"I'm not comfortable discussing the contents of that meeting."
That's what Russell Grandinetti, Amazon's (AMZN) vice president for Kindle content, said when asked in court Friday about a meeting he attended in Amazon CEO Jeff Bezos' Seattle boathouse on Sunday Jan. 24, 2010.
It was the only question in more than four hours of testimony that Grandinetti declined to answer.
Jan. 24 was a significant date in several respects. Amazon executives knew that Apple (AAPL) had scheduled a major product announcement for the following Wednesday.
Pearson Plc’s Penguin unit said it reached a $75 million settlement of antitrust claims by 33 states and consumers over electronic-book pricing.
Penguin, which was sued last year for allegedly participating in a conspiracy with other publishers and Apple Inc. (AAPL) to fix the price of e-books, announced the settlement in a statement today. The company resolved related claims with the U.S. Justice Department in December.
In a funny way, fan fiction is the purest form of literary art there is, the one most untainted by commerce. It’s hard to make money from it because someone else owns the intellectual property (unless you change the details just enough, in which case you can make quite a lot of money on it. Just ask E.L. James.)
Amazon’s ready to change that. A new program called Kindle Worlds will let would-be writers publish, and profit from, fan-fictional e-books with the blessing of the original characters’ creators…
If a picture is worth a thousand words, what's a picture of words worth?
This month's Harper's Index featured a fascinating snapshot (see photo), in just a few lines, of a current trend in book publishing:
Percentage change in the past twenty-five years in the Consumer Price Index: +41
In the price of beer: +40
Of books: -1
On January 1, 2013 I assumed the position of Executive Director of The Small Publishers Association of North America (SPAN). As of June 1, 2013 SPAN will formally be known as The Association of Authors and Publishers for Special Sales (AAPSS).
The AAPSS mission is to become known as the premier source of information, education and help for publishers of high-quality content published in printed, electronic or audio form for sale to consumers, non-bookstore retailers and non-retail buyers. AAPSS intends to become the respected brand-name entity that provides high quality, functional and innovative sales and marketing resources that enhance our members’ efforts to grow their businesses profitably.
Apple has responded to the US Department of Justice's charge that it conspired with publishers to raise e-book prices, filing a defence which asserts that it "conducted individual negotiations" with the publishers involved in the case.
In documents filed on 26th April and released yesterday [14th May], Apple said its agreements with the publishers were "the result of hard-fought negotiations, reached through compromise and discussion". It said: "Apple denies that competition has been hampered by its entry into the e-book business; rather, competition on price, selection, and content quality has flourished…"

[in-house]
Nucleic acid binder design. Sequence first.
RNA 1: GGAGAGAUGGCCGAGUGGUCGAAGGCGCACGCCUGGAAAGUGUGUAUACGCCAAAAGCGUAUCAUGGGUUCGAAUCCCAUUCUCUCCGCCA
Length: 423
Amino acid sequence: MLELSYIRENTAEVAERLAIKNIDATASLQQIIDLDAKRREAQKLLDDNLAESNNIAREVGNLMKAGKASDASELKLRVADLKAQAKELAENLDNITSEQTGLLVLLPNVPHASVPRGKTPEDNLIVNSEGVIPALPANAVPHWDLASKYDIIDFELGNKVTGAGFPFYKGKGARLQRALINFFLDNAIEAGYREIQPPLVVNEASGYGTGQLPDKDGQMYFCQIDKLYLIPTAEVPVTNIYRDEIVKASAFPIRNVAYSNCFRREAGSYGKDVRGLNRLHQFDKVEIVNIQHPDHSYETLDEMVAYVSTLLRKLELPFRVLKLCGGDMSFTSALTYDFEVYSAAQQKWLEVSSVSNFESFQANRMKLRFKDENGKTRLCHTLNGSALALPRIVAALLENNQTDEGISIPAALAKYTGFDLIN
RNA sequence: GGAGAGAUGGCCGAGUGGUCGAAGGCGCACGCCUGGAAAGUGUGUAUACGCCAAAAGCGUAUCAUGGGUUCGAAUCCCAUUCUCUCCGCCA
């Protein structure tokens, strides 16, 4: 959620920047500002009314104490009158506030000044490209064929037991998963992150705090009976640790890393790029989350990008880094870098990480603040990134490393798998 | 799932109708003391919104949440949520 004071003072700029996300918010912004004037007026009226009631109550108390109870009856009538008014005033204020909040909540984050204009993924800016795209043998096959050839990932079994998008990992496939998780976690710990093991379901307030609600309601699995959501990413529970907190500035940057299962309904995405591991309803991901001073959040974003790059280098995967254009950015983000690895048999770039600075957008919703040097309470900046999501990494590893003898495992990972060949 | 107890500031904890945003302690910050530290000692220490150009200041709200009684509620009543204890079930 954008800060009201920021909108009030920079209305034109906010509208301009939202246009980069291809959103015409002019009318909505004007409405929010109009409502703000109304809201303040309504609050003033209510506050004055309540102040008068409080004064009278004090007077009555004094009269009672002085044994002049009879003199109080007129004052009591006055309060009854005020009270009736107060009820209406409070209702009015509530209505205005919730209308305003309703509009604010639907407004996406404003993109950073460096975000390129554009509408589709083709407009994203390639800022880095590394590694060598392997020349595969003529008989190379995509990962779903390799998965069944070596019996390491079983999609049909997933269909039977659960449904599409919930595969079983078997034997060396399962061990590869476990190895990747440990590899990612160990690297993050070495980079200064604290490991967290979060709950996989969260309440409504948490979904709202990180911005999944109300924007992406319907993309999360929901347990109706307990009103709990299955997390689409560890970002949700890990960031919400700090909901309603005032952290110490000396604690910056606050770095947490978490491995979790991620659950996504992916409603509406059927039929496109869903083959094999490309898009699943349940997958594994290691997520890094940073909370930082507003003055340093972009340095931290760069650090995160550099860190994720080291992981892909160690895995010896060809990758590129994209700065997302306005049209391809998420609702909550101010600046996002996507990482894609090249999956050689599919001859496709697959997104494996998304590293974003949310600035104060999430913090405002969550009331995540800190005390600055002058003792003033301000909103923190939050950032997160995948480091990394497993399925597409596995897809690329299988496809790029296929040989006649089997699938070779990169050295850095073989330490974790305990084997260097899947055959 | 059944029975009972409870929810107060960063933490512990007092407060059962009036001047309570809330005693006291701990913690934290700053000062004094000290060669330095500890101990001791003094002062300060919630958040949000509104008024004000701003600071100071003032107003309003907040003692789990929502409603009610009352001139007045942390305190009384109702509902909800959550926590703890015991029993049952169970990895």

I guess I'd forgotten. Now that all the the publishing players have settled, abandoning agency pricing and returning to the wholesale slums, the DOJ/ebook antitrust case, which popped up again in everyone's news feeds this week, feels a little anticlimactic.
The DOJ, perhaps simply because it's what it found, or perhaps because there's no one left to pick on, is framing the last defendant standing, Apple, as the "ringmaster" in the price-fixing suit, according the New York Times.
Shares in America's biggest books retailer Barnes & Noble climbed nearly 20% yesterday after a report that Microsoft is considering an offer to acquire its Nook business - B&N's tablet and e-book business and a rival to Amazon's Kindle.
The technology website TechCrunch reported that Microsoft, which already owns 17% of Nook Media, was proposing a $1bn offer to buy Nook's digital assets.
On Monday, May 6, the U.S. Senate passed the Marketplace Fairness Act of 2013 by a vote of 69 to 27. The legislation would give states the authority to require remote sellers to collect and remit sales tax in the state, so long as the seller does $1 million or more in remote gross sales annually. The bill now moves to the U.S. House of Representatives, where it is expected to face a tough fight.
“We are grateful that the U.S. Senate has done the right thing …” said ABA CEO Oren Teicher,
British publishers have reported their biggest annual sales ever and insisted rumours of their demise at the hands of growing e-book consumption are greatly exaggerated.
Total spending across printed and digital formats rose 4pc to hit £3.3bn in 2012, according to the Publishers Association.
Printed books still account for the vast majority of sales and slid by just one per cent to £2.9bn.
Publishers were cheered, however, as continued growth in the digital market more than made up for the shortfall.